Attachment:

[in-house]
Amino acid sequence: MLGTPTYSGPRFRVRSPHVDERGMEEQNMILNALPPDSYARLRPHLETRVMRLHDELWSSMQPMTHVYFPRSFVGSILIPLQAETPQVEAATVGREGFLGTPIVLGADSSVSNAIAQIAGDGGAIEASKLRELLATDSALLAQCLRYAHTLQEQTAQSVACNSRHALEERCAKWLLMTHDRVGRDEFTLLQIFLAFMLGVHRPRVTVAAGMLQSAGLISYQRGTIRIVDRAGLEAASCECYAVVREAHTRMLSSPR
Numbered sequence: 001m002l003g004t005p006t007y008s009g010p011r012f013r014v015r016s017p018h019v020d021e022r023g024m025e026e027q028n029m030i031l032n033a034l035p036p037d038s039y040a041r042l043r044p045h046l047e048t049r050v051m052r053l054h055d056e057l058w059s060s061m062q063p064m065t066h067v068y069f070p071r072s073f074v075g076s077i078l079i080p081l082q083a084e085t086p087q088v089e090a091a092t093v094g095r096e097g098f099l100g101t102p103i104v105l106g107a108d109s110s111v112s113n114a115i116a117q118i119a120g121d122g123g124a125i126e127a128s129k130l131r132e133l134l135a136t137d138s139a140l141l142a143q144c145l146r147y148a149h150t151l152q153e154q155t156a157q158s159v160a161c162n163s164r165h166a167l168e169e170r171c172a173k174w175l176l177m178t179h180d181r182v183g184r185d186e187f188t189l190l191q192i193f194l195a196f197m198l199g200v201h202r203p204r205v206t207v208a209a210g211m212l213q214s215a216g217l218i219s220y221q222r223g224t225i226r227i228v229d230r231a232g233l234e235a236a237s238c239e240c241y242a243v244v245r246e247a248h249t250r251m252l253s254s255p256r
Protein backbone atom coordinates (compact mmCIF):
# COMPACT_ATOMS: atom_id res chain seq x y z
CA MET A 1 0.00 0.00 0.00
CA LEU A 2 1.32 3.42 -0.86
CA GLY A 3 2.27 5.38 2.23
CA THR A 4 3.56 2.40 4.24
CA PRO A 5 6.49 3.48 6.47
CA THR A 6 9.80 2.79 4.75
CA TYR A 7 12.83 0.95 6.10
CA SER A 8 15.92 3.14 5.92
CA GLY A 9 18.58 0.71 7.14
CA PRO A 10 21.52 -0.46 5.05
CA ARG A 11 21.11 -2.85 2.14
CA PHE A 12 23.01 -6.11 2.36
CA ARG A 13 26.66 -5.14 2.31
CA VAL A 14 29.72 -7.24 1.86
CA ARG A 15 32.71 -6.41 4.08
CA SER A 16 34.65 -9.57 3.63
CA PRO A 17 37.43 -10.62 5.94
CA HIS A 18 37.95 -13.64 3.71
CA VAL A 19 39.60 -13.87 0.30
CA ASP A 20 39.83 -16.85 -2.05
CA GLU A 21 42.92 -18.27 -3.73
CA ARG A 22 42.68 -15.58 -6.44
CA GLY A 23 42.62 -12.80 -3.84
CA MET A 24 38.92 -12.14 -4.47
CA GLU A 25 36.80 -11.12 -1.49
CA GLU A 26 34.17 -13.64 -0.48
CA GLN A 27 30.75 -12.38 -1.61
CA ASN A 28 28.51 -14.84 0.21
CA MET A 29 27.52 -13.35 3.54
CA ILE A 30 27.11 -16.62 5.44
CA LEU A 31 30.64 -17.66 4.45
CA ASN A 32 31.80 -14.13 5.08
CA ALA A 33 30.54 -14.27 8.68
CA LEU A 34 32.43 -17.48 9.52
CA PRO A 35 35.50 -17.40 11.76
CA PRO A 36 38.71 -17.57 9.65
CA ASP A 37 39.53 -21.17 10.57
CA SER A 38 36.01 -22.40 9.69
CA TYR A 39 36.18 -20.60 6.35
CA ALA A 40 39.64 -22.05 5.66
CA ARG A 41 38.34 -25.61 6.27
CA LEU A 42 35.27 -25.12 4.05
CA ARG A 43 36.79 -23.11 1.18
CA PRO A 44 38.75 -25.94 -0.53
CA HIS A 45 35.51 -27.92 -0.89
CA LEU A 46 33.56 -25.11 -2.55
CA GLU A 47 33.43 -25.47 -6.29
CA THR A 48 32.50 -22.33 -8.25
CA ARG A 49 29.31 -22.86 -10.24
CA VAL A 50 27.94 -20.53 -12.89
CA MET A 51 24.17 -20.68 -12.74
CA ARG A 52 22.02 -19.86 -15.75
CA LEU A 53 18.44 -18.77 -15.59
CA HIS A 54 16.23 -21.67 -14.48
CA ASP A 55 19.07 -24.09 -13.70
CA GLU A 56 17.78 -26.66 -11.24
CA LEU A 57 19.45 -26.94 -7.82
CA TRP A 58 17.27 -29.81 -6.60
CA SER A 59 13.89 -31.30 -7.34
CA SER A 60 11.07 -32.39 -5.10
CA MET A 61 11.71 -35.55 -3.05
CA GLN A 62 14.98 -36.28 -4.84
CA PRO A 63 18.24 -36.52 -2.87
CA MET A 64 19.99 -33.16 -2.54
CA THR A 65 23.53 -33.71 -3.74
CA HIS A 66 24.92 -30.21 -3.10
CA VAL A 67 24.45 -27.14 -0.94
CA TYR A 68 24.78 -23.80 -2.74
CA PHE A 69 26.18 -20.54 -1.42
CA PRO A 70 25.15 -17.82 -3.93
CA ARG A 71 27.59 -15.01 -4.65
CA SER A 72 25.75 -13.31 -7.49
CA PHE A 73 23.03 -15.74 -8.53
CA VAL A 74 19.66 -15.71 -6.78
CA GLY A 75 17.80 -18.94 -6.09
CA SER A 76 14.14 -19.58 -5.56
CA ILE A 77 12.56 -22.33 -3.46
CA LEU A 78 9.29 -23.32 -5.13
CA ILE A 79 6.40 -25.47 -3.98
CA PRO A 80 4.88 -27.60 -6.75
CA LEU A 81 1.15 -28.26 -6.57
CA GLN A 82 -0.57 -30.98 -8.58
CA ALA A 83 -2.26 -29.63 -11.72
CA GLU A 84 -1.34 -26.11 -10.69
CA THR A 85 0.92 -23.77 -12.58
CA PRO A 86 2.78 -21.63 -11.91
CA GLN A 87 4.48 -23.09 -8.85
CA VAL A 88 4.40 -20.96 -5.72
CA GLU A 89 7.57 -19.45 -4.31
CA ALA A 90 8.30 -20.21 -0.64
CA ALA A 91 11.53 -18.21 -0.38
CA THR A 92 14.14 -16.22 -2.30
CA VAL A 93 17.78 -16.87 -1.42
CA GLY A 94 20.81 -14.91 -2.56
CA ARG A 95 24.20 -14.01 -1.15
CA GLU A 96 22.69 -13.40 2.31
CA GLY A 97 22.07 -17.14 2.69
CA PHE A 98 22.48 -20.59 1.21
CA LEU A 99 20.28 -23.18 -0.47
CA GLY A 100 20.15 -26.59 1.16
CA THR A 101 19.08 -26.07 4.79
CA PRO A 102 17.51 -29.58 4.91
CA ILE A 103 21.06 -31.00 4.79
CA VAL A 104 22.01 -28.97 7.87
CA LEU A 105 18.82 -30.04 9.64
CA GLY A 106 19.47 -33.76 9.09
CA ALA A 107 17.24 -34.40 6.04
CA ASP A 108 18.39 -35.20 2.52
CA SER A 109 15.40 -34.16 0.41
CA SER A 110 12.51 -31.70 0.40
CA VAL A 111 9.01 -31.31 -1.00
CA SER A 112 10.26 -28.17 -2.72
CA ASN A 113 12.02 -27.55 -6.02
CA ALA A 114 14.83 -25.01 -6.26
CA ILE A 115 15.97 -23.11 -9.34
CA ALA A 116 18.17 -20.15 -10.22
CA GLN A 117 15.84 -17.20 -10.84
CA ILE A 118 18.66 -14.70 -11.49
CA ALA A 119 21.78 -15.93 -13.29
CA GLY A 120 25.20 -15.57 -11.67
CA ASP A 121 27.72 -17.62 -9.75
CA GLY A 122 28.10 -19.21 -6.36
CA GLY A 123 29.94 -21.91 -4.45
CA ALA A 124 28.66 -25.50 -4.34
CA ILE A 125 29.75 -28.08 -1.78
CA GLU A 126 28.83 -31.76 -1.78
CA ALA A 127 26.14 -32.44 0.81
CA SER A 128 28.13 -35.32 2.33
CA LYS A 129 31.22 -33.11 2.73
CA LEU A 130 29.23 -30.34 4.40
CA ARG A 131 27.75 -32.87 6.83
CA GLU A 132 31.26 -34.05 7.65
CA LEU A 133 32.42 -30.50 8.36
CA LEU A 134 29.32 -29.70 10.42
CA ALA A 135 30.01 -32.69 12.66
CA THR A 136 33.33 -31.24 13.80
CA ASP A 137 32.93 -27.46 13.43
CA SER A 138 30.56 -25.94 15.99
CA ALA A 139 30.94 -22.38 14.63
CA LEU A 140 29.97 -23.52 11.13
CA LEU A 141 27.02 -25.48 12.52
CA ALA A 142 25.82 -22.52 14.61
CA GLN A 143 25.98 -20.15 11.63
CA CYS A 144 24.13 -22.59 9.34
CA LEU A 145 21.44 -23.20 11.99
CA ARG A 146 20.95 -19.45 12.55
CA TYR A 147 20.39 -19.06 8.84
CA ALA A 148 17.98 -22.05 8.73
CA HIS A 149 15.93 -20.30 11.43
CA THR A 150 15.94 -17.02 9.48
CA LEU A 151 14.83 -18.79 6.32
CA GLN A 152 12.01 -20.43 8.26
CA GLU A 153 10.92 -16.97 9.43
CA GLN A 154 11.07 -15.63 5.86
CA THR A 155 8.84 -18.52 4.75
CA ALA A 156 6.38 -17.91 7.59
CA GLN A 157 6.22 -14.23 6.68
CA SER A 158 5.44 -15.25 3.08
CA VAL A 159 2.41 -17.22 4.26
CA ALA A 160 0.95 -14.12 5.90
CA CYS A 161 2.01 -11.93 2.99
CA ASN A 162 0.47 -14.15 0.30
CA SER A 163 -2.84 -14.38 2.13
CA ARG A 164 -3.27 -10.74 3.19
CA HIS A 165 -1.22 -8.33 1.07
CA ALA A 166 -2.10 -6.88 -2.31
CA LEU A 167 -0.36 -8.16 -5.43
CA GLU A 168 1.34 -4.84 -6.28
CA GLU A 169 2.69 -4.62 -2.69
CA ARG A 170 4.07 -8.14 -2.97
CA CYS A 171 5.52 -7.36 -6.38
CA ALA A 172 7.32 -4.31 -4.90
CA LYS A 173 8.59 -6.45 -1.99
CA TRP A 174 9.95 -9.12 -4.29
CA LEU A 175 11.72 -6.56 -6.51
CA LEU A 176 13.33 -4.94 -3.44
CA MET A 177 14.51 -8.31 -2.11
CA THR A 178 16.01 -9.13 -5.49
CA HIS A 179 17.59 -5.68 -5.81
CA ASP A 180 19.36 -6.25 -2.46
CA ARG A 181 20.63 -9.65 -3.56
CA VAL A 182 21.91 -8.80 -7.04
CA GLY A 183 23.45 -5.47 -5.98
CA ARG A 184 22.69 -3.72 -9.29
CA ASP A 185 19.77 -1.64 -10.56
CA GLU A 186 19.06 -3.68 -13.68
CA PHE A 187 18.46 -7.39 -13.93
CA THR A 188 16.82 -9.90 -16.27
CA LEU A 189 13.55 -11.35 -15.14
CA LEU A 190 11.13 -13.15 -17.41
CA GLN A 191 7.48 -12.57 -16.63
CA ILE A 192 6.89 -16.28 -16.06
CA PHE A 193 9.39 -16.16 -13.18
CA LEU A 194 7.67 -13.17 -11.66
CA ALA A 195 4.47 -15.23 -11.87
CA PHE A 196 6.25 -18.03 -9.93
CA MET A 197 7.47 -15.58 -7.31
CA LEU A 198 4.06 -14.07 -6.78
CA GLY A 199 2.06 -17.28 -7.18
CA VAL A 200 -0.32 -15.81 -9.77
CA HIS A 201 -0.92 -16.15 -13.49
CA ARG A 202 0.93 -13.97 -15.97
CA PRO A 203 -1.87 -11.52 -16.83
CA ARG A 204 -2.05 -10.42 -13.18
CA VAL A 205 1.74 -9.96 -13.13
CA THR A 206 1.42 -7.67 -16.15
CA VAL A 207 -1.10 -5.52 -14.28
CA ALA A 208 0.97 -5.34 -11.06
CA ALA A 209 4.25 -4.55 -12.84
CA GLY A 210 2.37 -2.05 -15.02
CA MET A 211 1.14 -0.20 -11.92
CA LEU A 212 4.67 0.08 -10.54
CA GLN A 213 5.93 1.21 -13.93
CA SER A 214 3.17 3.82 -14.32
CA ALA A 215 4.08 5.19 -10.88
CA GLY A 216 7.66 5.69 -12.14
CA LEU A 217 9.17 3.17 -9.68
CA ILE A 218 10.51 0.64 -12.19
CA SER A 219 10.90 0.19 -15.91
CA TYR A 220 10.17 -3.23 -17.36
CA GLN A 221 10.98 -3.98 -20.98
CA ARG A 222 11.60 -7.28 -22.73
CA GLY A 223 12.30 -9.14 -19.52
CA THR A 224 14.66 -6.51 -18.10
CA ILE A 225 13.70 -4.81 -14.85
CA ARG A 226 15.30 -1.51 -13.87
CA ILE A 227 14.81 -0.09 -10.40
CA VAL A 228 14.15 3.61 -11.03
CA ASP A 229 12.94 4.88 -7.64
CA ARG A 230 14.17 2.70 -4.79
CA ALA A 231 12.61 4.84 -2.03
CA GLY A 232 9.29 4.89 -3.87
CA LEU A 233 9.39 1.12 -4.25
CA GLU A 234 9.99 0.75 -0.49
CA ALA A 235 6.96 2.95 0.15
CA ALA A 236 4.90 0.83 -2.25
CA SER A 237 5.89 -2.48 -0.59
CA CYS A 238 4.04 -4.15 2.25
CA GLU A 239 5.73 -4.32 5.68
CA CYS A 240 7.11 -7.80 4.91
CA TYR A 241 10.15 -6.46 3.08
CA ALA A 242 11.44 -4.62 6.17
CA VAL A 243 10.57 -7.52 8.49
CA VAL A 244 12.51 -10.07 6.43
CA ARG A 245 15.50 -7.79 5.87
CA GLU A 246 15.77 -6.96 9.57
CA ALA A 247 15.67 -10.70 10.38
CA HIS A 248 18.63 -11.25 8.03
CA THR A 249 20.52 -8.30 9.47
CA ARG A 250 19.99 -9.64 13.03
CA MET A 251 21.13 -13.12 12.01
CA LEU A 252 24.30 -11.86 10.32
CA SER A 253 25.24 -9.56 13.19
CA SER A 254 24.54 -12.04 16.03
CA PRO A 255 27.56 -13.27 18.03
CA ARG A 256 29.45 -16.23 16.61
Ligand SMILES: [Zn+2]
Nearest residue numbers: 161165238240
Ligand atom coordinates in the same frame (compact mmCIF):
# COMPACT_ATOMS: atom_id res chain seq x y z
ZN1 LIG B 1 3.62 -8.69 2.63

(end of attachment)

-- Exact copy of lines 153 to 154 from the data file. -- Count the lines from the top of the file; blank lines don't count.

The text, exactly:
CA ALA A 148 17.98 -22.05 8.73
CA HIS A 149 15.93 -20.30 11.43